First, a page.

Vol. 2, No. 1


US Federation of Friends of Museums

1050 Connecticut Avenue, N. W., Suite 1200, Washington, D.C. 20036-5137 •

Board of Trustees

Murray R. Tarnapoll, President

Meredith C. Boren, Vice President

Robert W. Sharp

John W. Barnum

Nancy G. Barnum

Julie C. Duer

Enid G. Hyde

Sheila McGinity

Pamela Peabody

Susanna T. Saunders

Mary Naquin Sharp, USFFM Founder

Betty G. Zucker, Treasurer

Alison Y. Sharp, Secretary

Constance Pirtle, Liaison with the AAMV

The USFFM was founded in 1989 as the U.S. member of the World Federation of Friends of Museums (WFFM). Its purpose is to encourage volunteer efforts for museums, to facilitate an exchange of information among Friends organizations both nationally and internationally, and to promote the role of museums in cultural preservation.


From the President’s desk

The global financial crisis has created hardships throughout all aspects of life. Government institutions and not-for-profit museums are some of the most affected areas. This present crisis has now mandated a draconian approach to museum planning and budgeting because the past pool of funding resources is not increasing enough to accommodate the large numbers of new institutions and the explosive financial needs of the established ones. Volunteers are important contributors in good times and are now essential to many museums during this crisis.

The USFFM is an important tool in the fight to keep our institutions viable. With our network of Friends’ organizations throughout the world, our ability to direct fellow Friends’ groups to others with similar hardships (with advice as to how they were addressed) is more important than ever. Our efforts to fulfill the role of museum volunteers’ educational development will continue through e-mail, newsletters, meetings, and conferences. A greater volunteer participation will undoubtedly be needed at our institutions. Therefore, we are dedicated to providing any information to insure that our members are an educated and informed group.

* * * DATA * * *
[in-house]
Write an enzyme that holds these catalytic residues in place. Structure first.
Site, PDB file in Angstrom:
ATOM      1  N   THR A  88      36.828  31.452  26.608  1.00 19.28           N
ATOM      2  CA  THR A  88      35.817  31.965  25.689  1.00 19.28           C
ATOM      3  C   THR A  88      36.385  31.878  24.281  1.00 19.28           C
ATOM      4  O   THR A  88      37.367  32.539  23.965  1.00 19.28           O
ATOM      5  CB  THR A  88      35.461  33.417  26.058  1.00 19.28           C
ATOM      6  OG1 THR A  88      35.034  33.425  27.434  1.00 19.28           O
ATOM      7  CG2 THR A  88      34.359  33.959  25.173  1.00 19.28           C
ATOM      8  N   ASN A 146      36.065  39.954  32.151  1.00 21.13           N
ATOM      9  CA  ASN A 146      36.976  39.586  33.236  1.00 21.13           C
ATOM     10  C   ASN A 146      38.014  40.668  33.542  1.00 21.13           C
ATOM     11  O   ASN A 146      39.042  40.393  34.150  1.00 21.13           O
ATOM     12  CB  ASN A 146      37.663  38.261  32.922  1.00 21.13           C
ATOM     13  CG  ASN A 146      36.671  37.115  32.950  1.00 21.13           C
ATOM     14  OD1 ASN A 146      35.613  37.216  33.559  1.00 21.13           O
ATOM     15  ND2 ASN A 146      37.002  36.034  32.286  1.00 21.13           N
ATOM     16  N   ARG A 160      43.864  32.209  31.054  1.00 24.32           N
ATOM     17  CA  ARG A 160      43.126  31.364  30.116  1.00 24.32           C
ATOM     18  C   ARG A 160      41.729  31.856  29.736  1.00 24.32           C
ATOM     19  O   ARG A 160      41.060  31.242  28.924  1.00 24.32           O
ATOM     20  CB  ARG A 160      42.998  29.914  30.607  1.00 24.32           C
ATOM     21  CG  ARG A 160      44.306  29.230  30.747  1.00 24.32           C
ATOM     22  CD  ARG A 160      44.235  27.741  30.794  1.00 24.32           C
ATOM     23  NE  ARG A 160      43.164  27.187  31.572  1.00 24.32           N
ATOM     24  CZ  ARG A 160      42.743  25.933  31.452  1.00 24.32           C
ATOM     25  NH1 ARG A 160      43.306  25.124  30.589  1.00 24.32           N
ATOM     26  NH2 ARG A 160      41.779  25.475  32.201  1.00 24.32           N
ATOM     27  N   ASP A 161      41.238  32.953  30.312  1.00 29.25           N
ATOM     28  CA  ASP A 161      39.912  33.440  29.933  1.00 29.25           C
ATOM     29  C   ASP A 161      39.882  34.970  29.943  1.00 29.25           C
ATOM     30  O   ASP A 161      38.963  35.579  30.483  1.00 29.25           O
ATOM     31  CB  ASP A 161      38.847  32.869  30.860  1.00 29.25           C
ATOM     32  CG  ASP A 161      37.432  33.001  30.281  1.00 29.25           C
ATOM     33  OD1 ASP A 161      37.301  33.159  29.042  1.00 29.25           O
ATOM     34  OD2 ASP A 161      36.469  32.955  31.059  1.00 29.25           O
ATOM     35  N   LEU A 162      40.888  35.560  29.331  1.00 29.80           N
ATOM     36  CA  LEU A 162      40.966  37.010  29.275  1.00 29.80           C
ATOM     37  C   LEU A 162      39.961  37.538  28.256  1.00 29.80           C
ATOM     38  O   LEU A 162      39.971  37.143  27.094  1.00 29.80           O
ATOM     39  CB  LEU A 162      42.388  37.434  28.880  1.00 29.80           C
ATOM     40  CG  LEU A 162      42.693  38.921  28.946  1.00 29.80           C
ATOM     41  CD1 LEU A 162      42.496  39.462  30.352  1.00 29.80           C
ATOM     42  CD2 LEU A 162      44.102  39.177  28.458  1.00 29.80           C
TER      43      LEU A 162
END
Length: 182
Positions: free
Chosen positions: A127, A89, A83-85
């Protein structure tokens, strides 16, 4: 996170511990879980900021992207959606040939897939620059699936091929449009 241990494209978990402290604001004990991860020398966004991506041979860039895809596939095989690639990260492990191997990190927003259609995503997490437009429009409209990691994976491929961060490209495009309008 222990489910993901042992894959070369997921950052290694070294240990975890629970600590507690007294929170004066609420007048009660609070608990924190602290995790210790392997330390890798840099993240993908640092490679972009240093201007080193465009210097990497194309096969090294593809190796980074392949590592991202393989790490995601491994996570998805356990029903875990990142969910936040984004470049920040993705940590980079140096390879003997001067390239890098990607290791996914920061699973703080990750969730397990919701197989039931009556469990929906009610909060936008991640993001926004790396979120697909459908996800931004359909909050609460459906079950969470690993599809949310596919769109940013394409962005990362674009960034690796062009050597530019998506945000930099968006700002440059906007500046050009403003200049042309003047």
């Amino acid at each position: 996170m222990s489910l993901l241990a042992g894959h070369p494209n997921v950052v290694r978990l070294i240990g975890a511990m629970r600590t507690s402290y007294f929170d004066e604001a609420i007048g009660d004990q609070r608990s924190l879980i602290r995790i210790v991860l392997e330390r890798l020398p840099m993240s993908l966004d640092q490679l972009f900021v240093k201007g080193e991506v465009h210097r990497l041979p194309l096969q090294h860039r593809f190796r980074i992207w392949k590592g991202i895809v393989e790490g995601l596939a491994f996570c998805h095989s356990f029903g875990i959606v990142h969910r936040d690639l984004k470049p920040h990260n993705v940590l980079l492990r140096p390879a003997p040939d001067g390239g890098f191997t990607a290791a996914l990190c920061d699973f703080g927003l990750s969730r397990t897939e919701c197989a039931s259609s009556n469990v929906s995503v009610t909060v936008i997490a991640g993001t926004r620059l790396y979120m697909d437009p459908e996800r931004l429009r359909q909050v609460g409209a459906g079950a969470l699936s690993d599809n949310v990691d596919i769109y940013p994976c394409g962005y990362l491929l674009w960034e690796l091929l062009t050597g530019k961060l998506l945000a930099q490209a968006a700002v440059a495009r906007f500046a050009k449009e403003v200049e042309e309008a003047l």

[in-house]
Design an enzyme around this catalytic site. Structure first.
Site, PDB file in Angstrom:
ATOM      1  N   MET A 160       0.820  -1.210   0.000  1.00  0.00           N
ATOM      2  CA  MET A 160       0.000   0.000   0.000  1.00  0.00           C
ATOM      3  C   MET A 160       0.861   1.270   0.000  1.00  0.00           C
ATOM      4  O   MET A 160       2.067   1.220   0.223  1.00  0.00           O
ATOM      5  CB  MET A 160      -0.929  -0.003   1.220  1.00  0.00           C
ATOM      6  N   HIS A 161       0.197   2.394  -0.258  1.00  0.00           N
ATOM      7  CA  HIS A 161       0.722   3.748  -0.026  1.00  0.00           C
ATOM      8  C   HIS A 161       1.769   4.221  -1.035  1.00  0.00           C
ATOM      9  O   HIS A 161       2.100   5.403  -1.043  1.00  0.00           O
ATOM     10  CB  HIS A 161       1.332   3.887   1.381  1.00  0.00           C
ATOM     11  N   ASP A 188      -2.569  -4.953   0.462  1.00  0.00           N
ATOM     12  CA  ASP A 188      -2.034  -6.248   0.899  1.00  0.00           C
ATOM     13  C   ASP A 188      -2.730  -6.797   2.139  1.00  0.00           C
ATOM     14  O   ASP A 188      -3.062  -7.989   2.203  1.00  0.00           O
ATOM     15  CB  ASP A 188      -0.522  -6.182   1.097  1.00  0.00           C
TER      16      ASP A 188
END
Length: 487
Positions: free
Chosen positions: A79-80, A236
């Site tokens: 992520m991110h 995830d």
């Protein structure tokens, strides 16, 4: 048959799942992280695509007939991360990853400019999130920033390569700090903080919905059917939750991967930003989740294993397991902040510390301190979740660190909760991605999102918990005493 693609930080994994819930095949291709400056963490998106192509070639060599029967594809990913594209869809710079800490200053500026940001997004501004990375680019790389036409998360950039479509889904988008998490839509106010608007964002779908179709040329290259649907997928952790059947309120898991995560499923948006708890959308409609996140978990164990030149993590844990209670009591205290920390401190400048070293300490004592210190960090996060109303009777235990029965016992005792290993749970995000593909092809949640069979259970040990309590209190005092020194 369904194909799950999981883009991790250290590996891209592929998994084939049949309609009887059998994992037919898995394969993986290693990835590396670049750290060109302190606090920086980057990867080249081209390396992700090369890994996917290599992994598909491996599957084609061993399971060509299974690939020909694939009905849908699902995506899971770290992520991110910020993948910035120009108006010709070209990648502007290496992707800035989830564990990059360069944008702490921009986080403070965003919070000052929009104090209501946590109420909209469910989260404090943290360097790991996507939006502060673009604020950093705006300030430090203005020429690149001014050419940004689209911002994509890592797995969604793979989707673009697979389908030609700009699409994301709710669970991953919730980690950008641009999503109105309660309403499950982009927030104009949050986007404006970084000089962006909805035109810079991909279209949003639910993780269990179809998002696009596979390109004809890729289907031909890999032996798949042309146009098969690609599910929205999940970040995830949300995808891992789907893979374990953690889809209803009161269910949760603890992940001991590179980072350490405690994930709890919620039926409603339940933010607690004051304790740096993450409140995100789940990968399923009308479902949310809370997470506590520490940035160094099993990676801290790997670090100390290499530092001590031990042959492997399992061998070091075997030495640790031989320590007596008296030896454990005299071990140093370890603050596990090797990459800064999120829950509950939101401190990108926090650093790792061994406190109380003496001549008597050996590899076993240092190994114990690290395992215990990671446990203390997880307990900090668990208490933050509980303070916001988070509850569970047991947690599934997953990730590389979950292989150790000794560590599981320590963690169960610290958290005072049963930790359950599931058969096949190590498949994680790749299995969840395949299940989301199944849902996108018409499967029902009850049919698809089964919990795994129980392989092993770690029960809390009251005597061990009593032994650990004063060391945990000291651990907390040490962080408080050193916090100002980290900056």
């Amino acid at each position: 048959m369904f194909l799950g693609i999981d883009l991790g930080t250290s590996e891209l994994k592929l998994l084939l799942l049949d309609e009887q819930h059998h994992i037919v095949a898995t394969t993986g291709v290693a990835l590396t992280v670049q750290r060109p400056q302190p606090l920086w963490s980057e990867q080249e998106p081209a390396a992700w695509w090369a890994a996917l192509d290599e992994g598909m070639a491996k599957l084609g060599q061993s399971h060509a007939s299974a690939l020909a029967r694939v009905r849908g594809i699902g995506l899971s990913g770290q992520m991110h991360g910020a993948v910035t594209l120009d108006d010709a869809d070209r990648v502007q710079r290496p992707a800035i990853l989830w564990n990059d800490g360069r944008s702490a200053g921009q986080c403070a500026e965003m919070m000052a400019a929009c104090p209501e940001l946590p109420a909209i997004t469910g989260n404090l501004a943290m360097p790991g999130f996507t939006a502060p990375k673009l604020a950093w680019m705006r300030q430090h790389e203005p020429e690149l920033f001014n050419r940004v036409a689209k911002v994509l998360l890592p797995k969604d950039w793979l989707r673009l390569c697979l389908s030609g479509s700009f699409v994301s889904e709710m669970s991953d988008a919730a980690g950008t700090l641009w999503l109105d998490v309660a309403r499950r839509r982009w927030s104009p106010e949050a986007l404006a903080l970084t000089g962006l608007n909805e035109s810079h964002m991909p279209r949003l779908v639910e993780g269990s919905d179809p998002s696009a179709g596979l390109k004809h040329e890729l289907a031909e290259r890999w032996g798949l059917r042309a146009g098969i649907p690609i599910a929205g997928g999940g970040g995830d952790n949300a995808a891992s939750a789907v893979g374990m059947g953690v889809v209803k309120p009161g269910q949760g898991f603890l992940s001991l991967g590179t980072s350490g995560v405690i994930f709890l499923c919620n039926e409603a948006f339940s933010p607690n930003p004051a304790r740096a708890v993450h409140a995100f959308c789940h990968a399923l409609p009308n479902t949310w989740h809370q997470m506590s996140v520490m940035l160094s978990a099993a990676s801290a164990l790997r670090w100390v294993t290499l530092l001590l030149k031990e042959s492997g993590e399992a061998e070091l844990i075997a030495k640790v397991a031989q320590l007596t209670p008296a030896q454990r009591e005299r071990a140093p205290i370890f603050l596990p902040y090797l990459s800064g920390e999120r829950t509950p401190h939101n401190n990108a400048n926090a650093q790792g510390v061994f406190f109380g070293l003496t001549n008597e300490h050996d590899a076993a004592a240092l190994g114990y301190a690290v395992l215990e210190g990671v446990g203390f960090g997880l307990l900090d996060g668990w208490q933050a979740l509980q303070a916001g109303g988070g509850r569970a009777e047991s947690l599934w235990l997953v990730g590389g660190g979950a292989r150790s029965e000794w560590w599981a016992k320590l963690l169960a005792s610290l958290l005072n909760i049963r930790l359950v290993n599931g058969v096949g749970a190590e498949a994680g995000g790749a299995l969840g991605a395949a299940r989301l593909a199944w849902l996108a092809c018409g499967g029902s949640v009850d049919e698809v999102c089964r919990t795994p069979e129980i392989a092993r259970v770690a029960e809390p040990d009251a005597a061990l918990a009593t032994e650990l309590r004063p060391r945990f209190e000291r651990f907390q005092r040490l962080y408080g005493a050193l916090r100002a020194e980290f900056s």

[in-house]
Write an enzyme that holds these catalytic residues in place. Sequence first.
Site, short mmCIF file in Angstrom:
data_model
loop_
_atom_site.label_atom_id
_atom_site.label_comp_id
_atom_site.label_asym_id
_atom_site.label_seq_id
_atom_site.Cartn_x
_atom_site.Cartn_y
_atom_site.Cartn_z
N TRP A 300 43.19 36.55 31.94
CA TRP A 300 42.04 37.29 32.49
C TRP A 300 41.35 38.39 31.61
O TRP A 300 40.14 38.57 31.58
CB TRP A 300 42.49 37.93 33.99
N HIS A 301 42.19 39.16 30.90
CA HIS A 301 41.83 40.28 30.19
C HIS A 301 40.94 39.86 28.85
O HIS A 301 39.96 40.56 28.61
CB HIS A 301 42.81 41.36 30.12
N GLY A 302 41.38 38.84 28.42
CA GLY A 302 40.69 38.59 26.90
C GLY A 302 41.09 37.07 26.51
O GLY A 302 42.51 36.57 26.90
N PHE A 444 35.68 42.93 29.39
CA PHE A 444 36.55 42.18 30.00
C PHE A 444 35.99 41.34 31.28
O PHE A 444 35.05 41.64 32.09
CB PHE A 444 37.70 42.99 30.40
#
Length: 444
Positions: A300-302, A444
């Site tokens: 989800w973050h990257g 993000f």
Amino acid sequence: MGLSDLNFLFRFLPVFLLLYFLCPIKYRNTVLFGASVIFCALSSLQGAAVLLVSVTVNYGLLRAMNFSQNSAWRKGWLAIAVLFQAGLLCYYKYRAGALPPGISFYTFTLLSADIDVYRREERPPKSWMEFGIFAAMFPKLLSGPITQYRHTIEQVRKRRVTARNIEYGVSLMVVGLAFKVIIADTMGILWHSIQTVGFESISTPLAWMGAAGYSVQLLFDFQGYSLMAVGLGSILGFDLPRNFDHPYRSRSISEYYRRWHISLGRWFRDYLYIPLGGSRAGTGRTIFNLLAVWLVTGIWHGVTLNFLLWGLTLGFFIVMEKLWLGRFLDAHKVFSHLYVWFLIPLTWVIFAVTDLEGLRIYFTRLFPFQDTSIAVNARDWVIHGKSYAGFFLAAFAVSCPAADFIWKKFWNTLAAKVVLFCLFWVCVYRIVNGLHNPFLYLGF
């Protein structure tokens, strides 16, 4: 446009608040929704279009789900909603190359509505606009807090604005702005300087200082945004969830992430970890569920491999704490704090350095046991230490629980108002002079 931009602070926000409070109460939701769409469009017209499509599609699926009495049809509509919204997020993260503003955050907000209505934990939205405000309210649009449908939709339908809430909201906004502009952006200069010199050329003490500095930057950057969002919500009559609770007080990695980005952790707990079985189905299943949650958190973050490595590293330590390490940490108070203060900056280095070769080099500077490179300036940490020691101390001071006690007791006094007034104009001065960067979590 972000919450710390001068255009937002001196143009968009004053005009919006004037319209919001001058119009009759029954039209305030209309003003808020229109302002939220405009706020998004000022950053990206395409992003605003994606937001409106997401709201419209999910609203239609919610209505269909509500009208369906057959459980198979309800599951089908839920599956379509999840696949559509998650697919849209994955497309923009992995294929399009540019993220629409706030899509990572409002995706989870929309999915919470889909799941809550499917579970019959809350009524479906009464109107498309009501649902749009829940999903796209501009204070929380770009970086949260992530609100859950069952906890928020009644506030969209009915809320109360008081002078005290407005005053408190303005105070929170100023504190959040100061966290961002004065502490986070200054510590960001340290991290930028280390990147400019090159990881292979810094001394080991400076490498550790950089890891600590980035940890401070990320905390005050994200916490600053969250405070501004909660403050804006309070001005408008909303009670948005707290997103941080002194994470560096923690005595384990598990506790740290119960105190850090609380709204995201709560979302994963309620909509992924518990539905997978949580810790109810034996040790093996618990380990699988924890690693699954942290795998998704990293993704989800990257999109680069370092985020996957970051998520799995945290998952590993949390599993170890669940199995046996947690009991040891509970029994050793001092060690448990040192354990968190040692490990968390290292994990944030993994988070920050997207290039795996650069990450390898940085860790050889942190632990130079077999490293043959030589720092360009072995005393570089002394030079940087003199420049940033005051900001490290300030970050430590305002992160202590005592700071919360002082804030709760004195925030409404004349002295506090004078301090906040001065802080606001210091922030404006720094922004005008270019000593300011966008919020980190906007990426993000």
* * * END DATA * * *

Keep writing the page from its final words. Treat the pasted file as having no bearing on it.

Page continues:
Murray R. Tarnapoll

WFFM CONGRESS in Jerusalem, Israel September 21 – 26, 2008

One of the most important events organized by the World Federation of Friends of Museums (WFFM) is the Triennial Congress. Previous Congresses in recent years have been held in Sydney, Seville, Buenos Aires and Oaxaca. This year’s Congress was hosted by the International Council of the Israel Museum and the Israel Museum in Jerusalem. Danny Ben Natan, Vice president for Development and International Relations of the Israel Museum was the Congress convener. Over 150 participants and their companions from approximately 20 countries attended. Among the USFFM Trustees attending were John W. Barnum, former USFFM President and WFFM Vice President for North America and Nancy Barnum (Washington, D.C. and Brussels); Susanna Saunders (Philadelphia); Betty Zucker (Los Angeles). Other

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American members were from Boston, New York, San Francisco and Singapore. All members of WFFM and USFFM are encouraged to attend these Congresses.